A female adder, Vipera berus (Photo by AlexandreRoux01, used under Creative Commons licence CC-SA-1.0).


In this post we profile the common vipers (aka adders) living in London, UK and discuss outcomes of a successful reintroduction project, including insights from a visit by WPC’s Lead Biologist, Jonathan Choquette.


The common viper, or adder (Vipera berus), is an elusive and fascinating creature. Adders are medium-sized venomous snakes which are easily identified by a zig-zag stripe down their backs. Somewhat unique among snakes, males and females are coloured differently: males are generally grey with a black stripe, while females are generally light brown with a dark brown stripe. They are heavy-bodied snakes but adults don’t get much longer than about 60 cm.

Adders will generally hunt and eat small mammals, amphibians and lizards, and they prefer to inhabit mid-successional vegetation communities, including heathland, grassland, and moorland. This snake’s range extends throughout Eastern and Central Europe, stretching east into northern China, and north past the Arctic Circle! The UK represents the north-western extreme of the adder’s range

V. berus has faced centuries of human prosecution, habitat loss and habitat fragmentation across its range. In the UK, Adders are now recognized as a species in need of conservation. Adders, along with all British reptiles, are protected under the Wildlife and Countryside Act of 1981, which prohibits the capture, harm, or killing of these animals. It is believed that V. berus was once widespread but has declined across much of England due to deliberate killings and loss and degradation of habitat throughout the past century.

A view of the London skyline from the ArcelorMittal Orbit, the UK’s tallest sculpture. The City Mill River is seen flowing in the foreground, while the skyscrapers of the Canary Wharf district rise in the background. Photo: J. Choquette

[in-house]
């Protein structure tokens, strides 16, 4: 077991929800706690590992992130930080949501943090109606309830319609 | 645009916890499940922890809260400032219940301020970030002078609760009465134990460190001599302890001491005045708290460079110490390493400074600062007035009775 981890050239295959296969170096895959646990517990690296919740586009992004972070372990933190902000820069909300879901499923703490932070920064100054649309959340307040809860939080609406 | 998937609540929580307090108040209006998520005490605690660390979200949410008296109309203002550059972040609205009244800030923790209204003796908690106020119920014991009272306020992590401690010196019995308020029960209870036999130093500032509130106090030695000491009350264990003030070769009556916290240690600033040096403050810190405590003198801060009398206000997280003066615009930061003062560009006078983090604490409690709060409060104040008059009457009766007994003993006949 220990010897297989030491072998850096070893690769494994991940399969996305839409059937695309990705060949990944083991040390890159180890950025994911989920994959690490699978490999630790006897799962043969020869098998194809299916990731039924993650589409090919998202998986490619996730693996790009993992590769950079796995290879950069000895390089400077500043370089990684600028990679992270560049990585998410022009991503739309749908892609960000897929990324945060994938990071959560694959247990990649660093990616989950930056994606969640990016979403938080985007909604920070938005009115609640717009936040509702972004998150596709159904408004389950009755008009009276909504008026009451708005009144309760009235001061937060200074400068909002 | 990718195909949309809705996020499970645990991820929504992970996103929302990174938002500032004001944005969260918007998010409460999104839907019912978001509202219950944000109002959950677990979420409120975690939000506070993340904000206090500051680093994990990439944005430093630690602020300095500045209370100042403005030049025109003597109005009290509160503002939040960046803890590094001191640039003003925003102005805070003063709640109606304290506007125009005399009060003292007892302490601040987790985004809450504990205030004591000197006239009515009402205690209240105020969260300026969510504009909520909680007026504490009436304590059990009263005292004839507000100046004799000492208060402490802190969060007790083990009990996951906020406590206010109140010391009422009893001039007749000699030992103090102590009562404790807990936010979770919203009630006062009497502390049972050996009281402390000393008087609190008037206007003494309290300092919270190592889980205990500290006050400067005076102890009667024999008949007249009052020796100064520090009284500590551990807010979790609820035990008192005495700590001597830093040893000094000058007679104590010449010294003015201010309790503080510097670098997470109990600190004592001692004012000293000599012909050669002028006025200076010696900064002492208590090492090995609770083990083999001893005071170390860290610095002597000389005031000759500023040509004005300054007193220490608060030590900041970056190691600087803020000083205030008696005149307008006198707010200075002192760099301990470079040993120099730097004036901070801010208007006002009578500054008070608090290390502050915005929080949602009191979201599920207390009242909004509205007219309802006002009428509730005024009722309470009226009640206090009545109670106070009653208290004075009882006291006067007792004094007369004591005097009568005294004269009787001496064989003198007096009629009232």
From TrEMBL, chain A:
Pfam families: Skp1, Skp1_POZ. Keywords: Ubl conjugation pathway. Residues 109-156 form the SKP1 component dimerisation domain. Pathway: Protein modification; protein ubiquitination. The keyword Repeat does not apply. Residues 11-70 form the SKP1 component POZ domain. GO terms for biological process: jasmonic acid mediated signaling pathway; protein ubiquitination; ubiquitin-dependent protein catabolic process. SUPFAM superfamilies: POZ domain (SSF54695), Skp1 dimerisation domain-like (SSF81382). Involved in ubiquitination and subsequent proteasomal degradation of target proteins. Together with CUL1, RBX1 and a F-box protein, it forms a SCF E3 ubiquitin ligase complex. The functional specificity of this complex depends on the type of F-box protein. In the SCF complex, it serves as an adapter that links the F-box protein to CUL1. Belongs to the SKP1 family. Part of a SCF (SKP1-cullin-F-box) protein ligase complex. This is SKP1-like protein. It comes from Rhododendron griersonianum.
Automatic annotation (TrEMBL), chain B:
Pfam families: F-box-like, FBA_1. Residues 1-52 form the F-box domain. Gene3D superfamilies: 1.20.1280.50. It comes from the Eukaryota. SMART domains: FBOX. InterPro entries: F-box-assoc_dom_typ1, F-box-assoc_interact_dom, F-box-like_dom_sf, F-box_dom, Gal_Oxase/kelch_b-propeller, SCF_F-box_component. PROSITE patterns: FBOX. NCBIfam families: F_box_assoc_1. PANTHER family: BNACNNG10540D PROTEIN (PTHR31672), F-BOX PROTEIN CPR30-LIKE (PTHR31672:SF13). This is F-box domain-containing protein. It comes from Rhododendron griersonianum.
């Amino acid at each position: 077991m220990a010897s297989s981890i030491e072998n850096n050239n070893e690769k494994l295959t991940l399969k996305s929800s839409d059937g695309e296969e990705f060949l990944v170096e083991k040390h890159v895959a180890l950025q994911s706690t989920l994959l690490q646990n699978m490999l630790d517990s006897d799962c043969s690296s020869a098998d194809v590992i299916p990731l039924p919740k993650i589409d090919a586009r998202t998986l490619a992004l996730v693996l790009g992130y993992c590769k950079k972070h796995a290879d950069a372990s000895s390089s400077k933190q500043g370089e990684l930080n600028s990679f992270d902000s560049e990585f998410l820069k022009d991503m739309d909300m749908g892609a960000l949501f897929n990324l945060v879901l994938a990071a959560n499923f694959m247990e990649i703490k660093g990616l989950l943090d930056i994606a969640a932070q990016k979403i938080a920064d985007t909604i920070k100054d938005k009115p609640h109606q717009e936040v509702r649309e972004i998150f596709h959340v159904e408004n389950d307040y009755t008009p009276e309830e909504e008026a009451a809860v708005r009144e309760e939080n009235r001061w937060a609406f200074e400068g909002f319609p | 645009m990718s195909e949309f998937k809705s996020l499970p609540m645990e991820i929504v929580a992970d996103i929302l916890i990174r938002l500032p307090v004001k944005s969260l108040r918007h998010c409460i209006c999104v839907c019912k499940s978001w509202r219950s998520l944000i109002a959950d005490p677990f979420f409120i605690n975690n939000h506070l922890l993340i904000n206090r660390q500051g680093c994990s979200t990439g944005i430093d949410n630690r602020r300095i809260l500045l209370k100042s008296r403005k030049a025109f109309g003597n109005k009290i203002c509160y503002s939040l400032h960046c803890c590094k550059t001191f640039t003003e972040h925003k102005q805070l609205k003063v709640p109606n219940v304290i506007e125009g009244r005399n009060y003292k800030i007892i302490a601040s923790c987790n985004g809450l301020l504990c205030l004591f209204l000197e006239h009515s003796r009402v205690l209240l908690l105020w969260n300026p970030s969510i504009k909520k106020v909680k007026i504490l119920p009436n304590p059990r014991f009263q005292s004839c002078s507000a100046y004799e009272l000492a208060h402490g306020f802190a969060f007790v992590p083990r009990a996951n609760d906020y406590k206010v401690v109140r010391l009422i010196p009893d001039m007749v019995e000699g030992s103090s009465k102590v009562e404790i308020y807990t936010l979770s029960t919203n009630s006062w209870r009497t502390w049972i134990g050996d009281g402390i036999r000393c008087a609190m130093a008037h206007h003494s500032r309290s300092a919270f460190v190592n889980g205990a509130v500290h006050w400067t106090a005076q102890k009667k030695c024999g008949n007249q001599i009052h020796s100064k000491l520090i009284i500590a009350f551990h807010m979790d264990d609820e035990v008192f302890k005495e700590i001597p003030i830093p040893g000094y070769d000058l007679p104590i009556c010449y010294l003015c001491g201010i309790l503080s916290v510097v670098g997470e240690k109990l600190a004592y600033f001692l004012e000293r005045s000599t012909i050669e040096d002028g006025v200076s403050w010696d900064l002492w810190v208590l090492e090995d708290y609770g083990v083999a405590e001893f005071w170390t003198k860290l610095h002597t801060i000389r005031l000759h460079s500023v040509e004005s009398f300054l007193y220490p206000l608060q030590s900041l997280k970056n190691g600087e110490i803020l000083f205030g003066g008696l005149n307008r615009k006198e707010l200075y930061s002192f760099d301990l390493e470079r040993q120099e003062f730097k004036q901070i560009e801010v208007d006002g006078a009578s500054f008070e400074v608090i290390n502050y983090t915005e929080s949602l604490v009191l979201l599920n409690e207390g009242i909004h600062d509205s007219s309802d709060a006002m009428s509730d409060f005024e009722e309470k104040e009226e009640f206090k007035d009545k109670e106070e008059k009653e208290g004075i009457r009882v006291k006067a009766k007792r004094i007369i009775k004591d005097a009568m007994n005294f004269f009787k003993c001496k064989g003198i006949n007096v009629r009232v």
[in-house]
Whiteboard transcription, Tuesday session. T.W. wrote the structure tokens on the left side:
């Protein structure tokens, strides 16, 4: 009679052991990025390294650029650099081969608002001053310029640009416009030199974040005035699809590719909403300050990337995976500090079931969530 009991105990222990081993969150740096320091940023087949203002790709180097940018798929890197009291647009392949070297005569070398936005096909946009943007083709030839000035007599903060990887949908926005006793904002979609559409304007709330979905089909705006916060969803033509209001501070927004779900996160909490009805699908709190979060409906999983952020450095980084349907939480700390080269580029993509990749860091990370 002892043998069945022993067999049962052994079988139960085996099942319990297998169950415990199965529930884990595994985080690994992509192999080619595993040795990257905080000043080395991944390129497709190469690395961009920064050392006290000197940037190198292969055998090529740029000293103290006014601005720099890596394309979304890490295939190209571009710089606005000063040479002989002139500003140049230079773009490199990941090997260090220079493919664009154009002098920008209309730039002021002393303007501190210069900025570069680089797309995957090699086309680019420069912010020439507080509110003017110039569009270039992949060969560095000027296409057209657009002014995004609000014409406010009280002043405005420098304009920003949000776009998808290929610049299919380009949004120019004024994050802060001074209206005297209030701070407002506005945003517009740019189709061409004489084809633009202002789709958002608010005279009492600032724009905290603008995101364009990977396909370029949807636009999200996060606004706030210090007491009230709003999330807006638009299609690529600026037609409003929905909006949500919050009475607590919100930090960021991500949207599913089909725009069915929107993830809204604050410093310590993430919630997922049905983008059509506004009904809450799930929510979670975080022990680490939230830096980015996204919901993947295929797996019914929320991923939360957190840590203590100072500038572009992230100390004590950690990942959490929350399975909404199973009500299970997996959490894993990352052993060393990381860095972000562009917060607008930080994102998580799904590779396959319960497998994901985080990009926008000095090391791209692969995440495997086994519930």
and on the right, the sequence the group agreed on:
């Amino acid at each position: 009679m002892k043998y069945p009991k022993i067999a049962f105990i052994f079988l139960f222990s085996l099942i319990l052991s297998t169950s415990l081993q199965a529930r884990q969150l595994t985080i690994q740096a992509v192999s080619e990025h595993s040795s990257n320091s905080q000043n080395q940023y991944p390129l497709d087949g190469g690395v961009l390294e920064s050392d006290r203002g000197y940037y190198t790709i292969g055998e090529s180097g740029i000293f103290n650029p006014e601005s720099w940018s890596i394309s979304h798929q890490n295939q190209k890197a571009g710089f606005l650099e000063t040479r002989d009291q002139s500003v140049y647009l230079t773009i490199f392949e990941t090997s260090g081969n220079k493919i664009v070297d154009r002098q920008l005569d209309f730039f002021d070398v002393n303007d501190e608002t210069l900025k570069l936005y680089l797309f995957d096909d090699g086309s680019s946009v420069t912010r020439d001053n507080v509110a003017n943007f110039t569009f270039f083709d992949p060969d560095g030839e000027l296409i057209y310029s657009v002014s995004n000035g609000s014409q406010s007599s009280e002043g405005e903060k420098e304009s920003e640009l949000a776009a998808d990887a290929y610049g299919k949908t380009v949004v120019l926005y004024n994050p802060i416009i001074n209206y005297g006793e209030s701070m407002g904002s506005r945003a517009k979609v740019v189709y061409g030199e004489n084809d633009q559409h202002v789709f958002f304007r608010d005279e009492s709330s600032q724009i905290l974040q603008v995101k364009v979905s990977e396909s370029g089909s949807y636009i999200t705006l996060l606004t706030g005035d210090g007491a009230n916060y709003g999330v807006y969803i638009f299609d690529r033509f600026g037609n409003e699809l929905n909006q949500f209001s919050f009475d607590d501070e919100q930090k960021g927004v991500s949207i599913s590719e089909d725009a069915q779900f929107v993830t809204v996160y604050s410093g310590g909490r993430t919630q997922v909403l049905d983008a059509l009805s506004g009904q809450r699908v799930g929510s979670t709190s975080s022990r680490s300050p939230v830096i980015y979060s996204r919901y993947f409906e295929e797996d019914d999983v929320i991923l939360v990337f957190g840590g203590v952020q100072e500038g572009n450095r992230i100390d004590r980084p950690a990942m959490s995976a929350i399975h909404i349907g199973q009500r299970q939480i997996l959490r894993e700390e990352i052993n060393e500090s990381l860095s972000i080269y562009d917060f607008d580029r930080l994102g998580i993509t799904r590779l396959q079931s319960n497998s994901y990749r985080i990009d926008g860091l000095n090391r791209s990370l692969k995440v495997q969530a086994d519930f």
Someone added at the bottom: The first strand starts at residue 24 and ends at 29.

Despite its highly urbanized surroundings, there are a small number of sites remaining in the Greater London Area that continue to support populations of adders. One such site is Hounslow Heath, located in West London, which is an unexpected refuge for the elusive adder. Open grasslands, pockets of woodland, and areas of scrub provide an ideal mix of vegetation, supporting not only adders, but many rare plants, insects, birds and other reptiles.

Hounslow Heath once covered a vast area of over 1725 ha, but a mere 82 ha remain. The heath remnants were declared a Local Nature Reserve in 1991, and conservation efforts such as active habitat restoration works were initiated thereafter, specifically targeting the rare heath vegetation community and promoting suitable adder habitat. As a result, Hounslow Heath was later deemed a suitable site for adder reintroduction.

The rare heathland vegetation community at Hounslow Heath. Despite the wild character of this landscape, people are never too far from view. The proximity to Heathrow Airport means a jumbo jet thunders overhead once every 2 minutes. Photo: J. Choquette